where CVmin and CVmax were set to 10 and 250 cm/s, according to physiological limits (Konings et al., 1994; Harrild and Henriquez, 2000); dij was the Euclidean distance between pi and pj in cm, and τij was the time delay between Φi and Φj in seconds. The delay τij was estimated using the cross-correlation function between Φi and Φj. In particular, τij was set as the time delay associated to the first maximum of the cross-correlation between the two signals. To reduce the effect of noise and spurious local morphology, before computing the cross-correlation, xi and xj were preprocessed with bandpass filtering (3rd order Butterworth, 40–250 Hz, zero phase), rectification, and lowpass filtering (3rd order Butterworth, 20 Hz, zero phase) (Botteron and Smith, 1995). Figure 1C illustrates how the preprocessing emphasized the activations in the signals as opposed to signal morphology. In case the delay τij was negative and the absolute value of CVij was within the physiological range, the directed edge was created from node j to node i (instead of i to j). As common in network theory, the connections between the nodes in the network are described using a connectivity matrix C with entries cij. The existence of a directed edge between nodes i and j was set by having cij = 1, and 0 otherwise.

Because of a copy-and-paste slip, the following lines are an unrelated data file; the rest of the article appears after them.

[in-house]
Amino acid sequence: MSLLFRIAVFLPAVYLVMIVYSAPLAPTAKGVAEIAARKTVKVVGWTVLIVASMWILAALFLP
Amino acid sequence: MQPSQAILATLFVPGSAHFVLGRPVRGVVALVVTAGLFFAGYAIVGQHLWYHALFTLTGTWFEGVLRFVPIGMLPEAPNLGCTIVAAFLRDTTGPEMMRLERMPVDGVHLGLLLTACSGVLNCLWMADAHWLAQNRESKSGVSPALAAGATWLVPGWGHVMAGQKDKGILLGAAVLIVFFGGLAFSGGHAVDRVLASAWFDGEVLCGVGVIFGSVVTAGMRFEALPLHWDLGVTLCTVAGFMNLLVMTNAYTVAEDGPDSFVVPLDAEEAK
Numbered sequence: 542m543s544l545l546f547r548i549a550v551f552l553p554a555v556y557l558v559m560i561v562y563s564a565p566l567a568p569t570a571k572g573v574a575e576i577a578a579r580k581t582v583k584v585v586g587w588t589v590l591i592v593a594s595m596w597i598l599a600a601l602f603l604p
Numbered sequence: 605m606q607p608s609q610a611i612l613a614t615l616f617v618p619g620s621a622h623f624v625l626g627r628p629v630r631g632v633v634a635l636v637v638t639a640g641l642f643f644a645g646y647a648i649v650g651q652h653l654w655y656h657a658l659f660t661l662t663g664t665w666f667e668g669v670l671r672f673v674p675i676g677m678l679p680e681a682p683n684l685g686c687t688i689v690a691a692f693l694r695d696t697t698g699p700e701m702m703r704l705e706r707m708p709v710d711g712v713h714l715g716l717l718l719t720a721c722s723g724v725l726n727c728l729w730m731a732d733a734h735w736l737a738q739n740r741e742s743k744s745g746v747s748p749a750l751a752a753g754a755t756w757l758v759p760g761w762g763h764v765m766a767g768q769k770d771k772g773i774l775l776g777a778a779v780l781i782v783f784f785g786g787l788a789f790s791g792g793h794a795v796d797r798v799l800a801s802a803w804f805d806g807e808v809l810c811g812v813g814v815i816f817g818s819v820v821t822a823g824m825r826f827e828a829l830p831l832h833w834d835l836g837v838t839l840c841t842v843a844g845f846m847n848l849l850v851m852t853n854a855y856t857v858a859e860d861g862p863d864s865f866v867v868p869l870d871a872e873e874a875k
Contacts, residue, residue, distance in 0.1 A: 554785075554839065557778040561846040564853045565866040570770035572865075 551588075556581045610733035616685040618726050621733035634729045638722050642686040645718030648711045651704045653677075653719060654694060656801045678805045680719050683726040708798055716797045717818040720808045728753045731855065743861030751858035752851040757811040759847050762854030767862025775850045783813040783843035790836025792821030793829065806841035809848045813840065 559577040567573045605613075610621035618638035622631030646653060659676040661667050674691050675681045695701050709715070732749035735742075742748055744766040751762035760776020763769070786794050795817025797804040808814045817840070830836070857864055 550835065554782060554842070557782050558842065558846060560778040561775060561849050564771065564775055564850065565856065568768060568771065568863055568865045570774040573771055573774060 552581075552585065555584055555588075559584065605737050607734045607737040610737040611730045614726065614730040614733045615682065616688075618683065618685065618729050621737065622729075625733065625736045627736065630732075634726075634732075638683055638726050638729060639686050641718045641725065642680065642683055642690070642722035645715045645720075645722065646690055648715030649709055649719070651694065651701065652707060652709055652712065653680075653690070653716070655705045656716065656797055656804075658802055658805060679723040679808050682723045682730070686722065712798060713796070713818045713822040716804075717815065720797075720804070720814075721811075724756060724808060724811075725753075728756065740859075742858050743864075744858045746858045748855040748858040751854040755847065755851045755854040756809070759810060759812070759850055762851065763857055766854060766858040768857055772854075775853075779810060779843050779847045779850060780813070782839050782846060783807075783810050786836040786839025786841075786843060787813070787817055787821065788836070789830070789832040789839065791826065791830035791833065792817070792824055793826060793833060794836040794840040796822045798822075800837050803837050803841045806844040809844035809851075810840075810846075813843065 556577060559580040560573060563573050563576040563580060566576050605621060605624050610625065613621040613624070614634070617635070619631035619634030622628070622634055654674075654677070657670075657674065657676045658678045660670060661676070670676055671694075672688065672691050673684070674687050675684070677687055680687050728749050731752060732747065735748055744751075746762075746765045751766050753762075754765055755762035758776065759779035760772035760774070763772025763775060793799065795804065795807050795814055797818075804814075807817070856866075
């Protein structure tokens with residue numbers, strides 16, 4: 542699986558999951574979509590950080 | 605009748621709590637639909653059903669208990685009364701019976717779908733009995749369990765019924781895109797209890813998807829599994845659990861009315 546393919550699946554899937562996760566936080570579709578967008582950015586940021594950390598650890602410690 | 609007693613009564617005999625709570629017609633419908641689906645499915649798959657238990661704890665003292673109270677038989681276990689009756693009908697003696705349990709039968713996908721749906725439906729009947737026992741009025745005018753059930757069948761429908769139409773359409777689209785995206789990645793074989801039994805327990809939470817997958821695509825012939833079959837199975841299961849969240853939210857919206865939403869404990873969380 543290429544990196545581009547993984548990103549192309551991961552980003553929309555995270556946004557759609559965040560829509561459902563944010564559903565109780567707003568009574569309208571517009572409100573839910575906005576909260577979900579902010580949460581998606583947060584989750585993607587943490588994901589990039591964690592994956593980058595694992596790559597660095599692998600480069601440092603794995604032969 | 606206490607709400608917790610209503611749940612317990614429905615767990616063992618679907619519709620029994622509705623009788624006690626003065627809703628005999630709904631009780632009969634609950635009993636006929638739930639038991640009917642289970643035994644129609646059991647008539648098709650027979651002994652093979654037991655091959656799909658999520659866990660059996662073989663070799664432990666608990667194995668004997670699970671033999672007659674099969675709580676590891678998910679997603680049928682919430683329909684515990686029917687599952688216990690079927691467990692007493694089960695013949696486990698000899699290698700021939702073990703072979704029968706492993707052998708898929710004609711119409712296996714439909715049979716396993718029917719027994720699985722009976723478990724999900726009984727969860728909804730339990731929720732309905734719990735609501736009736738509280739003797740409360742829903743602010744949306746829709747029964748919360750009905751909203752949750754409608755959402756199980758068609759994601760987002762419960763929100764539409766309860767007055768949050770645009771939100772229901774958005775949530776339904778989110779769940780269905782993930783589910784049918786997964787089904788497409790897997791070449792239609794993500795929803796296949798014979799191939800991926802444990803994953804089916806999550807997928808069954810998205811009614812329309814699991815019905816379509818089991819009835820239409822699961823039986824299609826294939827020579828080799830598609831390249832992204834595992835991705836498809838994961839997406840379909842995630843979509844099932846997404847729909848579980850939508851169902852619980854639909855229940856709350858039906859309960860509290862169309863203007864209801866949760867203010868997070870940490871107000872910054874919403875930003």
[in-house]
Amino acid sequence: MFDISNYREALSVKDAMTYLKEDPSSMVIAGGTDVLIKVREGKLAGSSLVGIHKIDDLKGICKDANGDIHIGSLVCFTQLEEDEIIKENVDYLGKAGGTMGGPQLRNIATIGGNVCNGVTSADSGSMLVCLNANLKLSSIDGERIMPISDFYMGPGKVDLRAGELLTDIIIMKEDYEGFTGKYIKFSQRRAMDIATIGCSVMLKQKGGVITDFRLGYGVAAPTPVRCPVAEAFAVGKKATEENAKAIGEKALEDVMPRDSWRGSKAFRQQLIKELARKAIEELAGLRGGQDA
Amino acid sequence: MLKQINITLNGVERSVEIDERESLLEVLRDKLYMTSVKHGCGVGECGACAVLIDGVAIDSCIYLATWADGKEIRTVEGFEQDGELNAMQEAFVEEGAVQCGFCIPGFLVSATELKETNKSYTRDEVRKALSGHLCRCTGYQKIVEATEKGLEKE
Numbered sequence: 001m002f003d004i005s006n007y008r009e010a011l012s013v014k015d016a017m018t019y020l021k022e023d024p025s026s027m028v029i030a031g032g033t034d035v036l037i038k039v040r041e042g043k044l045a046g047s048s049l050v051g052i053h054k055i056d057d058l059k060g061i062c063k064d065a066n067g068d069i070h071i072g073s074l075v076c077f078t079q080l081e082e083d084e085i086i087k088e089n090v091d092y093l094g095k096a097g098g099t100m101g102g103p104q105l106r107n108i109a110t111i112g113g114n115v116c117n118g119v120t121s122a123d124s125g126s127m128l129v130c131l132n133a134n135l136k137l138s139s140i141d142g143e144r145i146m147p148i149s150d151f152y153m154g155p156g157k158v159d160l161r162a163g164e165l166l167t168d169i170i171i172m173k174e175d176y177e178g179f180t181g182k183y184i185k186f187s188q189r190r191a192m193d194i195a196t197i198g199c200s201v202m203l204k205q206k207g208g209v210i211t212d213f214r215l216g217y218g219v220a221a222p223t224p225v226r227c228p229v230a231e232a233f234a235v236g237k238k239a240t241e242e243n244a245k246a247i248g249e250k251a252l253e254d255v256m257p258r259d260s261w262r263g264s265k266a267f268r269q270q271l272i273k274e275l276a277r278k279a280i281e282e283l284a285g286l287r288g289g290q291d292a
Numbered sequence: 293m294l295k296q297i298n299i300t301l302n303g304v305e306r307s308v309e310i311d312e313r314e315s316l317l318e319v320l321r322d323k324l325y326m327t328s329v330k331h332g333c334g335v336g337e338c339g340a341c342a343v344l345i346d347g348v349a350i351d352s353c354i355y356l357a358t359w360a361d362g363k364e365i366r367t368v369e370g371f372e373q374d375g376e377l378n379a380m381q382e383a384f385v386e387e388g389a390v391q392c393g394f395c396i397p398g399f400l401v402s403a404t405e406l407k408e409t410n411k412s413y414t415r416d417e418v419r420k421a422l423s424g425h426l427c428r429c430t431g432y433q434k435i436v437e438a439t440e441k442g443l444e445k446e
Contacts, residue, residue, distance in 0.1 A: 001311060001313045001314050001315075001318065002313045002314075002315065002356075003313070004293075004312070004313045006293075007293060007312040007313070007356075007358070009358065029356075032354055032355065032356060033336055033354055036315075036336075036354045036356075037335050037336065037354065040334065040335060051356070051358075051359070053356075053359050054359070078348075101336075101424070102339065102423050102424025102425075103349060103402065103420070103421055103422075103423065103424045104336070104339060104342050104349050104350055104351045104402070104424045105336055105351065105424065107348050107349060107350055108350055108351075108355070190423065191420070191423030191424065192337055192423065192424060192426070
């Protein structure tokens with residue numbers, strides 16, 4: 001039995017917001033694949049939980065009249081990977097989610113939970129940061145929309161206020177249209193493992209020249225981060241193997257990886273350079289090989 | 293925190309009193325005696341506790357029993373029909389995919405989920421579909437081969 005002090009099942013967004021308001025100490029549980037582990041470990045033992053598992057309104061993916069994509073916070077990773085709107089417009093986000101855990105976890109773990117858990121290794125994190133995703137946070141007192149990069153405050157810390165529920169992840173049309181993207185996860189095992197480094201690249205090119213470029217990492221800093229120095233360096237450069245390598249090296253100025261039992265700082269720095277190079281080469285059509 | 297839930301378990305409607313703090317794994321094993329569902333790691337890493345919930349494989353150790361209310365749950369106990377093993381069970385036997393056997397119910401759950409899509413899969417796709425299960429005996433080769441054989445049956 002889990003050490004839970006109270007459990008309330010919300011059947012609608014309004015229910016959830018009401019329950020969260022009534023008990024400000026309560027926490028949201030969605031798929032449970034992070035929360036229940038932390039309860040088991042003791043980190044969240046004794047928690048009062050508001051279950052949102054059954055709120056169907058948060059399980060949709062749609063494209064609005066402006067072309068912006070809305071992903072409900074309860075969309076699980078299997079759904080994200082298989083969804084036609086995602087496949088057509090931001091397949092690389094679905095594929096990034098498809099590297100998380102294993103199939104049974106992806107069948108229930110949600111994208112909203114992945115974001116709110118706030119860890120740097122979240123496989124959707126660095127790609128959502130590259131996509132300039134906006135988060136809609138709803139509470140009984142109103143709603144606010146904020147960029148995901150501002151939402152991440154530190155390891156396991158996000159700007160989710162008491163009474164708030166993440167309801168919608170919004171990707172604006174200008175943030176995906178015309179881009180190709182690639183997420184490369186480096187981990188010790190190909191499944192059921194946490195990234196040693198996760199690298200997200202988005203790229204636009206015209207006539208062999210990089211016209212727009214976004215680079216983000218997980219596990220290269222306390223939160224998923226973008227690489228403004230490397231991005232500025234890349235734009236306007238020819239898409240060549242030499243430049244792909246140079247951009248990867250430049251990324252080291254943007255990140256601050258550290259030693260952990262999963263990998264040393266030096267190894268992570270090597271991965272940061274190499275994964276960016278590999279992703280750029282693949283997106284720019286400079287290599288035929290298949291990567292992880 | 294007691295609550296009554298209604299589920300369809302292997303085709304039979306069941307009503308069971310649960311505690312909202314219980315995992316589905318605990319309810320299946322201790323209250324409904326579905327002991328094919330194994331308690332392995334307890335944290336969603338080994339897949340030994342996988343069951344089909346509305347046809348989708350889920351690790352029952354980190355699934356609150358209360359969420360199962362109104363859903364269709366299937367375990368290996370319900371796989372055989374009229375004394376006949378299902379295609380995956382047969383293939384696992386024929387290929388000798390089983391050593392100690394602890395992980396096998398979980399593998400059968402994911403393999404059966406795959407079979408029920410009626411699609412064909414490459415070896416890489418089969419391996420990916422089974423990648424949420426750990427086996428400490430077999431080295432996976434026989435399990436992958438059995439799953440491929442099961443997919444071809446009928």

In order to compute the time delay τij using cross-correlation, the EMGs Φi and Φj had to contain at least one local atrial activation each. For each time window of length l, a network was created using the approach described so far. In addition, in order to detect sustained atrial arrhythmia, the creation of the network was repeated on consecutive windows (with possible overlap) and then were “averaged” to build a final directed network A, whose entries were defined as follows: